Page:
I will go with modern authors: R. J. Anderson and N.D. Wilson. The Faerie Rebels trilogy and the Swift duology for the former and the 100 Cupboard Trilogy for the latter (don’t stop and the first, this one gets better unlike most pop stuff which gets worse).

    ~Bookmark or random piece of paper?
    I have tons of beautiful bookmarks, and recently I’ve been better at using them, particularly my JA ones I won in a giveaway. But previously I’d grab any scrap or piece of paper I could find.

    ~Can you stop anywhere in a book or do you have to finish the chapter?
    I’ve a bad habit of stopping anywhere although I’m trying to get better I think.

    ~One book at a time or several?
    Several, but I’m not evenly interesting or dividing my time. I might start a book and then start and finish another in between. I think I have two going right now.

    ~Do you read ahead or skip pages?
    I don’t skip, I mean if I look ahead I always come back and really read unless in the rare occasion when I’ve skipped to see if the story is going to improve, decide it won’t, and leave off the book.

    ~Breaking the spine or keeping it like new?
    Breaking the spine usually seems to mean all the pages fall out.

    ~What book do you regret reading?
    I most regret skimming books as a teenager I found on my parents and grandparent’s shelves and that weren’t meant for me. I still wonder why they ever had them? I also regret skimming Christian Fiction and reading or skimming many YA novels.

    ~On average, how many books do you read per year?
    According to the Goodread Challenges
    2012-84
    2013-85
    2014-75
    2015-69
    2016-52
    So that is 73, except the last few years it’s been decreasing,

    ~What book can you read hundreds of times and never get tired of?
    I don’t think that is possible, I’d hate a book that I originally loved long before then. I must space my re-reads out over many years.

    ~What’s the biggest lesson you’ve learned from a book?
    Maybe that I need to give some probably well-written books another chance. And that my perspective will change.

    ~What is the most recent book you’ve read?
    Fridays with the Wizards by Jessica Day George (I’m so mature).

    ~What quote from any book will you never forget? Why is it significant?
    I’m terrible with remembering quotes, and I enjoy witty pithy quotes in their place, but I’m more of a big picture person.

    ~How many books do you own?
    Around 100-120 give or take. I’m including cookbooks, craft books, dictionaries, learning books, devotion/Christian living books, fiction, the few books on my Kindle, and I’m counting anthologies as one book and excluding books I’m trying to sell or get rid of. Less than half of these are fiction, its closer to 1/3. I’ve gotten rid of a large amount of my fiction. I’ve relegated a shelf for library books (and probably need two shelves). Books are heavy, I prefer hardback, I prefer to read books that I don’t worry about keeping perfect, and I’m chary of my re-reading.

    ~In the past year, what is the greatest book you’ve read?
    For 2016, Albion’s Seed: Four British Folkways to America by David Hackett Fischer
    For 2017 Either Basic Economics by Thomas Sowell or The Intolerance of Tolerance by D.A. Carson

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      • No, this year I’m actually trying to seriously read nonfiction. I’ve always wanted to balance out my reading, but never really got motivated (and never really understood the difference between pop nonfiction and more intellectual works). I have a history degree yet I never explored history seriously on my own plus I want to be better informed, and last year I finally got the motivation, and I’ve done really well this year. I love me my fiction though.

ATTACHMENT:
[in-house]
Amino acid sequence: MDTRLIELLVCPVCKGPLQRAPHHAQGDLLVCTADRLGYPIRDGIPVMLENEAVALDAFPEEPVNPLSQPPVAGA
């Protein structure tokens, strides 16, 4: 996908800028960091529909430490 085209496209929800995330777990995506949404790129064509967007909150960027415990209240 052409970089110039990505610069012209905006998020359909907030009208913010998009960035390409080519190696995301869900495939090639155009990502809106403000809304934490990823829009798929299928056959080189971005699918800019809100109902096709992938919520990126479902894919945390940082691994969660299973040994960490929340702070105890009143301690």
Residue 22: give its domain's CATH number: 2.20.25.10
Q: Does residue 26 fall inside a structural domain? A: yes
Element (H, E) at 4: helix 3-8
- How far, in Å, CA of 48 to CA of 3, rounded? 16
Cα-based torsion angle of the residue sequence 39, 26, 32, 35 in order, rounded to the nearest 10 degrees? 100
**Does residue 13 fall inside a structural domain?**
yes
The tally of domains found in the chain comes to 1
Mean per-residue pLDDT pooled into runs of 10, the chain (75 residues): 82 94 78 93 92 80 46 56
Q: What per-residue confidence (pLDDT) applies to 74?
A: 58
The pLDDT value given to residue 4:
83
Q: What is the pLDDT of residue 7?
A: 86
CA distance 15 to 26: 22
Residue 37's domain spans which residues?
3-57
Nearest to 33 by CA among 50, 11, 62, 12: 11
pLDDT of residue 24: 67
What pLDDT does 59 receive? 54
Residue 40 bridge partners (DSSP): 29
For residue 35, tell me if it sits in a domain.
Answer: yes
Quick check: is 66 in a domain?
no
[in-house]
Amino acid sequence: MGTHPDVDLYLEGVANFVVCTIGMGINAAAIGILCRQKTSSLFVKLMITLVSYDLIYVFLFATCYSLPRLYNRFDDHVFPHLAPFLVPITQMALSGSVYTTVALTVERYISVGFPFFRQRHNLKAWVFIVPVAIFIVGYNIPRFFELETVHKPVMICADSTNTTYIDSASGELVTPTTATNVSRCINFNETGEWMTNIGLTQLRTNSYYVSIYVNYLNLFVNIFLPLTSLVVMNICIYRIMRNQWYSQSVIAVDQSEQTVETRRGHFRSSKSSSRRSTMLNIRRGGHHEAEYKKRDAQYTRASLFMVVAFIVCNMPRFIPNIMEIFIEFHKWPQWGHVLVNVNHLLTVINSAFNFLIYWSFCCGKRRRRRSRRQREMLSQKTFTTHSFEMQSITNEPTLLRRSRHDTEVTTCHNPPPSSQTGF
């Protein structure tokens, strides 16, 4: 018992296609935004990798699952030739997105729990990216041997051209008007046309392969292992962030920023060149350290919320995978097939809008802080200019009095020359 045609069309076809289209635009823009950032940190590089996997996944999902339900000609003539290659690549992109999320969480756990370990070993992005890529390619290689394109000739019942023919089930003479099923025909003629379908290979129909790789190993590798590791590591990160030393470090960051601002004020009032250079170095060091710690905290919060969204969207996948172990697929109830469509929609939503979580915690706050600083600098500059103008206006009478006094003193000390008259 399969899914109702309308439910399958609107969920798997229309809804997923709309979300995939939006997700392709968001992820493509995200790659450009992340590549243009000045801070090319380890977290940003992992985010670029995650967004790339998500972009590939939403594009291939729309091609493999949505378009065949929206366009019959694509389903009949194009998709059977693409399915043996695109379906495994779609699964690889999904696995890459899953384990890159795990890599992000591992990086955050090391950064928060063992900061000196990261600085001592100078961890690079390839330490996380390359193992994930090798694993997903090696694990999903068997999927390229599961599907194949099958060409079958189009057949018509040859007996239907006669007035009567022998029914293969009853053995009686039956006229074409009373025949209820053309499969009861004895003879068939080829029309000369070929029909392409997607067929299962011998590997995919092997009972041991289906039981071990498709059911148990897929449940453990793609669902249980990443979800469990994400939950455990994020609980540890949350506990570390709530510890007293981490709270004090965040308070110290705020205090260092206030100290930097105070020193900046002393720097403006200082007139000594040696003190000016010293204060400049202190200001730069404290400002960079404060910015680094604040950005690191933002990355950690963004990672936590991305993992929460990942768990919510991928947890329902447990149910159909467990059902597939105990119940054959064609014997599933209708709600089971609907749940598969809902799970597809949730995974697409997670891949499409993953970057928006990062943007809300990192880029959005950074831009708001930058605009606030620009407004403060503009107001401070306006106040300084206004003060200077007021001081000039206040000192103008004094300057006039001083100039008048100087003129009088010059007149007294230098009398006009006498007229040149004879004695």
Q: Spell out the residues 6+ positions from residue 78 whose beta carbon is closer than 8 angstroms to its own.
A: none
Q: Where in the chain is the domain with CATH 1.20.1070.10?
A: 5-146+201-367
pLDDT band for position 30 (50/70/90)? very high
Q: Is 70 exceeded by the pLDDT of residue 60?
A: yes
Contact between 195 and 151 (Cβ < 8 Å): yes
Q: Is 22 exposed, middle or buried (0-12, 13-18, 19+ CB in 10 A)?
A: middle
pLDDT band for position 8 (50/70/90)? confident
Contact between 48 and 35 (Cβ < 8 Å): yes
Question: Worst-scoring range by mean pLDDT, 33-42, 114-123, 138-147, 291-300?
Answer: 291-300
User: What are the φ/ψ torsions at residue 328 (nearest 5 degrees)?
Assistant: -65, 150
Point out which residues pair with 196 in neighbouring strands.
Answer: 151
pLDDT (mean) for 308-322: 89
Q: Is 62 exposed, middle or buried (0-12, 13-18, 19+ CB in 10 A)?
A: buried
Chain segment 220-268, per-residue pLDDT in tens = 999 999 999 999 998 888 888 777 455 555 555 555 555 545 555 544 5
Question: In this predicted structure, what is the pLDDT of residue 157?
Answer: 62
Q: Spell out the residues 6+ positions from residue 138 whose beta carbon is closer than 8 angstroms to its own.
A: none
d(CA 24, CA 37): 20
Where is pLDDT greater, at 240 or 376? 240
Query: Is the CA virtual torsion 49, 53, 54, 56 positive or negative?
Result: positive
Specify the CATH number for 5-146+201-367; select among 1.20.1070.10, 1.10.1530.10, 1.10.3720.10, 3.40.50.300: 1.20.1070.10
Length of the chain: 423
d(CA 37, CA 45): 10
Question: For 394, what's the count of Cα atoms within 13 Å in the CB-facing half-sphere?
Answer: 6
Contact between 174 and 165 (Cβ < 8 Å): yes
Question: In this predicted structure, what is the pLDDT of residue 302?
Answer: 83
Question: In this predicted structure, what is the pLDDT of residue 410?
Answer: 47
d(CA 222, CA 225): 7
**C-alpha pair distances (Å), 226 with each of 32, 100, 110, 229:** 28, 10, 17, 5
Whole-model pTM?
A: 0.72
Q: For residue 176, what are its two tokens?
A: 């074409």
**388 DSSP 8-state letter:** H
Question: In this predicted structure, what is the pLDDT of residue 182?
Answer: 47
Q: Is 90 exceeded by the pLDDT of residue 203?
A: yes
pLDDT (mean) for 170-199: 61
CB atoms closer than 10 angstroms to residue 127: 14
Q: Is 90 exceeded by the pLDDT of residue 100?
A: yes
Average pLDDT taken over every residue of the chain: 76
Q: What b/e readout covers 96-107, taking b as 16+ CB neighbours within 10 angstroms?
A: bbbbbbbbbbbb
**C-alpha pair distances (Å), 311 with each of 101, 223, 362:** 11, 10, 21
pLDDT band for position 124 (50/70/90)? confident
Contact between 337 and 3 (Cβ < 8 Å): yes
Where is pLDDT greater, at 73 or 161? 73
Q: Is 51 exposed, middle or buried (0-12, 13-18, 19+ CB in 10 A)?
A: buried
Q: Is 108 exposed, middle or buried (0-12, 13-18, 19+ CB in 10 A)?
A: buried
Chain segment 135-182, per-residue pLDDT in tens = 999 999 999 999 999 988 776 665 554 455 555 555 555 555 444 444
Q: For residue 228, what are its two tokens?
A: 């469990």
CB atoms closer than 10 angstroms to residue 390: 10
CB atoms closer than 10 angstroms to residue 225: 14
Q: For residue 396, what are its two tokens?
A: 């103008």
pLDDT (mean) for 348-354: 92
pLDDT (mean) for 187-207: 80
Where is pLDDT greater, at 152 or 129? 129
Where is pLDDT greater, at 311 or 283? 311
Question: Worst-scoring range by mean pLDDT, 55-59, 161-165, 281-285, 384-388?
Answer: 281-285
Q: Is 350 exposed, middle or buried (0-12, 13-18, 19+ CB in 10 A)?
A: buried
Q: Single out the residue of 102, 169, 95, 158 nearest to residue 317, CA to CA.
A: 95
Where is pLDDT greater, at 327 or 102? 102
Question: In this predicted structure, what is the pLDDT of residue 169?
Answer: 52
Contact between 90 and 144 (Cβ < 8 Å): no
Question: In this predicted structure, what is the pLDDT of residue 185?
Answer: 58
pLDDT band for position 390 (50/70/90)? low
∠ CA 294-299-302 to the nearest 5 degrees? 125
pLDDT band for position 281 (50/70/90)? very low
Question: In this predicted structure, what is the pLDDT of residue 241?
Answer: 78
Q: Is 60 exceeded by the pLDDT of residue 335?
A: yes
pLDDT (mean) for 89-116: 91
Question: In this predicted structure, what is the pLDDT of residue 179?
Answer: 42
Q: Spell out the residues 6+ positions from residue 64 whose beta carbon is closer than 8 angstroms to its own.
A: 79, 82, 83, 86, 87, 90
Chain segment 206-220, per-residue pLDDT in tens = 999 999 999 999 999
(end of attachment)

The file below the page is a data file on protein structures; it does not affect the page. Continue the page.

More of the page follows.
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      • I find that the older I get, the more I appreciate nonfiction (though I still like fiction better, I think). Most of the books I’ve purchased for myself recently have been nonfiction. Congrats on reading more nonfiction!

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  2. I’ll do the tag, too! I love books! 🙂

    1. Book you’re embarrassed you haven’t read yet–“Lord of the Rings.” I feel like I SHOULD, but then I didn’t like “The Hobbit,” so . . .
    2. Strangest thing you’ve ever used as a bookmark–probably a stuffed animal’s leg 😛
    3. First book you see on your bookshelf with a yellow spine–“Alexander Hamilton.” 🙂
    4. One new book from a deceased author–Erm. Could I PLEASE have another Willa Cather novel? Because yes. Because I love them.
    5. Author who deserves more readership–Pam Munoz Ryan 🙂
    6. Bookmark or random piece of paper? Eh. Neutral. I often end up using folded sheets of lined paper because that’s what I have close to hand.
    7. Can you stop anywhere in a book or do you have to finish the chapter? I’ll stop anywhere. I don’t really care.
    8. One book at a time or several? Usually several.
    9. Breaking the spine or keeping it like new? If anybody knows a good way to keep the spine like new, I should be very very interested to hear it . . . 😛
    10. What book do you regret reading? “1984,” by George Orwell. #nope
    11. On average, how many books do you read a year? No idea.
    12. Book you can read hundreds of time and not get tired of–“Shadows on the Rock” and “Death Comes for the Archbishop” by Willa Cather. Usually I get tired of books kind of easily, but those books just get better and better every time.
    13. Biggest lesson you’ve learned from a book? Sometimes good people do bad things. “A Distant Trumpet,” by Paul Horgan.
    14. Most recent book you’ve read? “Blood in the Water: The 1971 Attica Prison Uprising and Its Legacy.” For my civil rights seminar. Great book, although horribly sad.
    15. What book quote will you never forget? “She is safe. She is loved.” (“Salt to the Sea”) Why is it significant? Because EMILIAAAAAAAAAAAAAAAAAAAAAAAAAAAAAA. *cries*
    16. How many books do you own? Not sure . . .
    17. What was the greatest book you read this year? Fiction: “Wolf by the Ears,” by Ann Rinaldi. Nonfiction: “Storming Caesar’s Palace: How Black Mothers Fought Their Own War on Poverty,” by Annelise Orleck. (I know the last book sounds boring but IT. WAS. SO. GOOD.)

    That was fun, Eva! Thanks! ❤

    Like

    • Your answers were such fun to read! Love it. 🙂

      You know, I didn’t really dig Salt to the Sea the first time I read it, but I should give it another try. ‘Cause I’ve often read books that didn’t stand out to me the first time and then I loved them the second time. So you never know…

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      • I’d be interested in hearing what you think, if you read it again! My opinion of books is usually pretty set after the first read, but I know sometimes people change their minds after one or two reads. Same with movies . . .

        Like